Friday, 16 December 2011

Sunday, November 13, 2011

Today was a great day.  We went to church in Wellington at the Wellington church of Christ in the morning and met all the people we had been talking to via e-mail or Facebook the months leading up to moving here.  Met Carl and Adeline, as well as Keith and Elsa, two couples our age…they were really cool.  The singing was amazing…there weren’t that many people but they were singing loud and with their heart and it was neat to hear the New Zealand accent.  The lesson was really good and Josh and I just both felt really comfortable.  Jeanette and Antony took Josh and I out for lunch and we ate at a café.  I had a yummy bacon and egg toasted sandwich.  The day was beautiful again, which we were told we must have brought the sunny weather with us, because Wellington is known for its cloudy, wet, windy days.  They say Wellington can experience all four seasons in one day. 

The Raines drove us to the coast.  The water was the bluest I had seen it yet in our time here, and I smelled the salty air and felt the ocean breeze. I love that feeling.  I could almost see Antarctica from where we stood on the beach.  Not really, but it was neat to know we were looking in the direction of where it was.  We drove all along the coast and saw a couple lighthouses in the distance. I could only imagine what it would be like to live in one of the houses on the cliff sides.  You can stare out at the ocean and dream and await the ships returning home.  There’s something about seeing the open horizon that, at least for me, brings my imagination to life. I feel better inside, like I am able to dream more and the limits to what I can do are as endless as the ocean stretched out before me.  Maybe it’s a comfort to me, a feeling of home, from growing up in Midland…West Texas.  There are no trees to block your view there (I mean really, no trees! Ha) and you can see the horizon for miles.  You can see the great big thunderhead cloud as the summer storms slowly crawled across the flat lands to rain on us, or pass us by usually.  There was a park on the edge of town I loved going to, that had bleachers I would sit on and with my friends sometimes, and watch the fire red, golden, pink and purple hued sunsets that always captivated me and that I felt were God’s gift to me.  The wind would blow in my face and that’s how I felt there…like I could dream and there was nothing holding me back.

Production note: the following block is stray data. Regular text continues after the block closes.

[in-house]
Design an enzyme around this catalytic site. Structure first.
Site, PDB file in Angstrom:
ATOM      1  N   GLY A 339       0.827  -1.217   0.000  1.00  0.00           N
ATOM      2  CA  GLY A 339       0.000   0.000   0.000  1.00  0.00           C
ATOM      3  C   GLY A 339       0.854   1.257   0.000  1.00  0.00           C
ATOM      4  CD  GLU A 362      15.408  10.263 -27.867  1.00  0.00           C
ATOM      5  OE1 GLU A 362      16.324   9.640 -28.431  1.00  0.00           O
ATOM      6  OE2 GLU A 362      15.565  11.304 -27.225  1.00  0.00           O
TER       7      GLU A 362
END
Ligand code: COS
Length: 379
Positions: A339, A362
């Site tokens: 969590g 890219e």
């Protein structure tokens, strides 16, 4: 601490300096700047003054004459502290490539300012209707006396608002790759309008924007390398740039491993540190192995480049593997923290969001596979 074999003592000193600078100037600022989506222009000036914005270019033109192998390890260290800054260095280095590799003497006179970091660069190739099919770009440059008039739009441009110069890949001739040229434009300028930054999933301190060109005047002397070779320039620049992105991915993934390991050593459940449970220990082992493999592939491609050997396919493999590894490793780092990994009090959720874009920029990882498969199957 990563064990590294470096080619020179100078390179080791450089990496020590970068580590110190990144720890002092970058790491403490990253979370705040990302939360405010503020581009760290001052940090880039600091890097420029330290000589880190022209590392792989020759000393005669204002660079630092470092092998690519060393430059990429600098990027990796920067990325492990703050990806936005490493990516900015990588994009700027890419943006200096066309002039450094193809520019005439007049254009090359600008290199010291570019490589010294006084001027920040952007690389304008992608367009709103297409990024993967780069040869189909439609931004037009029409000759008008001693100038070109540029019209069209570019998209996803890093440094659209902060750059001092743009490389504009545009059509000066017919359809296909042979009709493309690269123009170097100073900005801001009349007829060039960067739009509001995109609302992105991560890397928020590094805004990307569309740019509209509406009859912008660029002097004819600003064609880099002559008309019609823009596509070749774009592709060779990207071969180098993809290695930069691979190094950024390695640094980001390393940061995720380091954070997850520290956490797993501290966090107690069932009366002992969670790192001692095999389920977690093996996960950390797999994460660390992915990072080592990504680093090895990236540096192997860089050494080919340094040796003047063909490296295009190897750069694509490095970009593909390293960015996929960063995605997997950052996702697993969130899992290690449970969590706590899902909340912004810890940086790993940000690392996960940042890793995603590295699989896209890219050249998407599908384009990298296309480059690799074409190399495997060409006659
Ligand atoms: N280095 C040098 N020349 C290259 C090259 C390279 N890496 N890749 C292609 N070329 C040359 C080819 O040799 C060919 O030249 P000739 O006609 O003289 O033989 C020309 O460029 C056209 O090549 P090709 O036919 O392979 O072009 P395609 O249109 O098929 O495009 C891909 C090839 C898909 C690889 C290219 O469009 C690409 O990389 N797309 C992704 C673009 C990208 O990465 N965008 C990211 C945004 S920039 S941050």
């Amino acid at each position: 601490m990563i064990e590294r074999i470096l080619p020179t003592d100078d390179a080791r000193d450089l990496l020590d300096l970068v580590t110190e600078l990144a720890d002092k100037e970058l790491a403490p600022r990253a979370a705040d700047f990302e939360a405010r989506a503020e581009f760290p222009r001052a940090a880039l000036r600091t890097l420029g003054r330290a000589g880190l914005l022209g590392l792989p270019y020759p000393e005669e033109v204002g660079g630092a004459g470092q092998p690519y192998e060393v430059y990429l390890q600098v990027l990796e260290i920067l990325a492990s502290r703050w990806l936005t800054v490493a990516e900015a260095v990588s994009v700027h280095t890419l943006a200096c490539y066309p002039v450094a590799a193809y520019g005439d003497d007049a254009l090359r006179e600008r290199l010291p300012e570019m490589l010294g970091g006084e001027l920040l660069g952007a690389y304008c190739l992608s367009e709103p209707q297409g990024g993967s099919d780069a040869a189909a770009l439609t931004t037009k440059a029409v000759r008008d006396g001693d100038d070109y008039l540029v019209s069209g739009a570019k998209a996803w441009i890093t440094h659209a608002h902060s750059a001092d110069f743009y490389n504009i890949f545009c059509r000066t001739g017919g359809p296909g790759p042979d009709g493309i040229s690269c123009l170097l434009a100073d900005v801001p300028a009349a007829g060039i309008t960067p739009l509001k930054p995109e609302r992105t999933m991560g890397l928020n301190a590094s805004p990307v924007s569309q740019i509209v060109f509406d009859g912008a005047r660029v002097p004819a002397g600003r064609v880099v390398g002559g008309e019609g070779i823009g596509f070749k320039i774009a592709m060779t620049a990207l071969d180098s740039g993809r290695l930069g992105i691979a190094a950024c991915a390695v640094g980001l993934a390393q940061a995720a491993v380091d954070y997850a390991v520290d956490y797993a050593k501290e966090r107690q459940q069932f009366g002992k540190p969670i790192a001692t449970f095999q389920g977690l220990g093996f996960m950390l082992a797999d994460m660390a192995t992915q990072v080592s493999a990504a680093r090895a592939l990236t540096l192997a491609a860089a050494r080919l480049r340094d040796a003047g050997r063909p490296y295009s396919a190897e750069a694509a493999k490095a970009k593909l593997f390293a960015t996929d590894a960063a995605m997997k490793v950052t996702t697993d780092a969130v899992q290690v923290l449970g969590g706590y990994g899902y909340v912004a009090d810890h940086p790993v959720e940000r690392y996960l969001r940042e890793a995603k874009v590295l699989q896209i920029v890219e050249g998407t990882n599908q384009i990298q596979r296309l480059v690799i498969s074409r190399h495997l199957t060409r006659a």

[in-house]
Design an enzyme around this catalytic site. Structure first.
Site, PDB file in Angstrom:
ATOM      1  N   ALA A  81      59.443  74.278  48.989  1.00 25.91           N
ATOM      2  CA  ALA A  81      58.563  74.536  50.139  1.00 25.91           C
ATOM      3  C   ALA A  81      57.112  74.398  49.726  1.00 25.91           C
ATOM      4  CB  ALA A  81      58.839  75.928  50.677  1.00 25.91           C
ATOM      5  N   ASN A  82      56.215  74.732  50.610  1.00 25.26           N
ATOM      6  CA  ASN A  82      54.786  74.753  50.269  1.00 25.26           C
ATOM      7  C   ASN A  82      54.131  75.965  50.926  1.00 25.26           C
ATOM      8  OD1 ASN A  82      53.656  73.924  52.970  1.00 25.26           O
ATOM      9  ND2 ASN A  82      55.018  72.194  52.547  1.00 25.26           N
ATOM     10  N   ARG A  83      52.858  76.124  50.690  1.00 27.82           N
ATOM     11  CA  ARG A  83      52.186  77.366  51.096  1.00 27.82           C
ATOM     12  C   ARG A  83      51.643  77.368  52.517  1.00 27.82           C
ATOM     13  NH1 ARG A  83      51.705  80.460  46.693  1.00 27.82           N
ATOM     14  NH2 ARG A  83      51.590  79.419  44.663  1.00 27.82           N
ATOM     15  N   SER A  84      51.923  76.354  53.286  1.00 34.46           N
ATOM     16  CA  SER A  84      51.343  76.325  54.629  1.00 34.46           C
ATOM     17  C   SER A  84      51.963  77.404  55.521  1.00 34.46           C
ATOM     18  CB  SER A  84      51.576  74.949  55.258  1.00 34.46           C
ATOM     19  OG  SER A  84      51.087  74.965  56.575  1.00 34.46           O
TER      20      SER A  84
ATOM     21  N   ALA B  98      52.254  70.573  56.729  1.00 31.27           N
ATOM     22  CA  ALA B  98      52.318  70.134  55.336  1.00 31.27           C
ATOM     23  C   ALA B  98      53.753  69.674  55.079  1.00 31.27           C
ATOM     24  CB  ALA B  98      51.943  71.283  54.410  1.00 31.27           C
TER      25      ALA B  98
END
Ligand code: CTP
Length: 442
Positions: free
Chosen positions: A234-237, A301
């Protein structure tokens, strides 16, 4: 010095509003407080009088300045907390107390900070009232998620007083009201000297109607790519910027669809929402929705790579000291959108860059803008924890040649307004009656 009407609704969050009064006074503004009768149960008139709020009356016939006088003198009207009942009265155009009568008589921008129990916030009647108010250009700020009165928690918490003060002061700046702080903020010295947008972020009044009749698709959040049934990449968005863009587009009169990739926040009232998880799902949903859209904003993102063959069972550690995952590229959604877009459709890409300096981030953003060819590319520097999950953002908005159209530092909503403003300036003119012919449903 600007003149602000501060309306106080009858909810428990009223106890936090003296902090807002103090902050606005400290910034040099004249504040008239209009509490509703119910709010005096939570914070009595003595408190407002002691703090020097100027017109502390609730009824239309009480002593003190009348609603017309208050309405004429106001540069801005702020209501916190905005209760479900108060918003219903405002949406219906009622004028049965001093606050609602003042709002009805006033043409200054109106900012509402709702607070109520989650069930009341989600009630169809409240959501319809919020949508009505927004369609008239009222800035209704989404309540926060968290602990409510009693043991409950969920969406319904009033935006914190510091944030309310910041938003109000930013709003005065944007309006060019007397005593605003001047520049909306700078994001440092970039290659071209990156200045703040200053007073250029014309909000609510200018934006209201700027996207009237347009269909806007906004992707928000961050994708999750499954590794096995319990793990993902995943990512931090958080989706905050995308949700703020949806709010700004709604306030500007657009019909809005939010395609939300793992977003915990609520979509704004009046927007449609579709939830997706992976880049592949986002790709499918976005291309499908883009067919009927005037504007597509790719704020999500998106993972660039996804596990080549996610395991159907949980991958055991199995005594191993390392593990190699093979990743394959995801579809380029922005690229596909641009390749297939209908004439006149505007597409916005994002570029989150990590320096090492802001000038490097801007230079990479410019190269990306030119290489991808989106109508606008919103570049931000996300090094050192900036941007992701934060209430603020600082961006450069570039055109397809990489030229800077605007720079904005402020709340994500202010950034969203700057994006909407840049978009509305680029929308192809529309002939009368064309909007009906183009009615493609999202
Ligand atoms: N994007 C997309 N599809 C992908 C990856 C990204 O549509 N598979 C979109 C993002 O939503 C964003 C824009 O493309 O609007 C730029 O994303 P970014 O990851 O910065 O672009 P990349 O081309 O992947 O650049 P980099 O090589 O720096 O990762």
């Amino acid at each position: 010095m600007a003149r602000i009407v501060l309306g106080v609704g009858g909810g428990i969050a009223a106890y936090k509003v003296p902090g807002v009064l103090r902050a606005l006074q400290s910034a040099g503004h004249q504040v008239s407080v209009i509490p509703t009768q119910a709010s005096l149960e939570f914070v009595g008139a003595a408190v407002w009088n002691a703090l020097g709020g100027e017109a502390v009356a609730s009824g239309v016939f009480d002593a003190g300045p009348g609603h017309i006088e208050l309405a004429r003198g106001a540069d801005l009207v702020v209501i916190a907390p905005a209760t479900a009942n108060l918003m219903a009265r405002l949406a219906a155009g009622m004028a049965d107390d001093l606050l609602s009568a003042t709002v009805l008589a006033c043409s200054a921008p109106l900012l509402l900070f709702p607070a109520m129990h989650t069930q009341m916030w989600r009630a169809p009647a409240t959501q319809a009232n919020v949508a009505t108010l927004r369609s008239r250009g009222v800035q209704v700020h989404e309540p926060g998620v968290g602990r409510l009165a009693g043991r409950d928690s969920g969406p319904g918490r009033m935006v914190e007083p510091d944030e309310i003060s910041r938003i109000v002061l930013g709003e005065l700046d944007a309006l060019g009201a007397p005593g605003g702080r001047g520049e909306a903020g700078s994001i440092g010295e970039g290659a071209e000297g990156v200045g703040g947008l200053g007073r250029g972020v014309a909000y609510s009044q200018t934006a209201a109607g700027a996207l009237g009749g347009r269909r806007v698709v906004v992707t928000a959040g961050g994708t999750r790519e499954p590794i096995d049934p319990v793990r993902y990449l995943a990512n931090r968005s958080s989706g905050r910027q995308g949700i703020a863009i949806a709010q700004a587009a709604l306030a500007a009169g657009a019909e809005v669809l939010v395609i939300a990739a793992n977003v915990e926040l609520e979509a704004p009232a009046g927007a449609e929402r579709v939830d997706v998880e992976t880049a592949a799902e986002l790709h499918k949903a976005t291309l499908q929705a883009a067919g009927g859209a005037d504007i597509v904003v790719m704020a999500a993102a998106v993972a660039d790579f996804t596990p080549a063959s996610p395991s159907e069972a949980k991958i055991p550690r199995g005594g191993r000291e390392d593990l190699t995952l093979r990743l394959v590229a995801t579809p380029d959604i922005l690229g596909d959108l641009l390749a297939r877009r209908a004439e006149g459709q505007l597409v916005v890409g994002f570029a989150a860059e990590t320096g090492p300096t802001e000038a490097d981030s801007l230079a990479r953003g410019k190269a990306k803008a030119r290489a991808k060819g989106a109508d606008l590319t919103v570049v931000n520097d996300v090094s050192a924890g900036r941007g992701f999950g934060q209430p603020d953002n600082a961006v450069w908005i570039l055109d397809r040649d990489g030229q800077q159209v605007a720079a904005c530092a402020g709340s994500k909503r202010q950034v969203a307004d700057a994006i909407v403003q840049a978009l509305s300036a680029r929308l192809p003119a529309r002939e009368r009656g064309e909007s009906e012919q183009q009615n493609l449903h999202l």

But anyways, haha, I digress…so we drove along the coast then went back to the Raine’s house for a little break before evening service.  The Raines were so gracious to us and helped us out by giving us a big tent of theirs that we could use for when we go camping.  Antony gave Josh a backpack he can take when we go hiking, and gave us walking sticks, and a gas cooking stove and pots and pans.  How nice!  We were so thankful to them for that.  We stuffed those things in our already full car, haha…our little red Nissan Sentra was loaded like a baked potato from Texas Roadhouse (Mmmm, that sounds good to me right now, actually the loaded sweet potato!)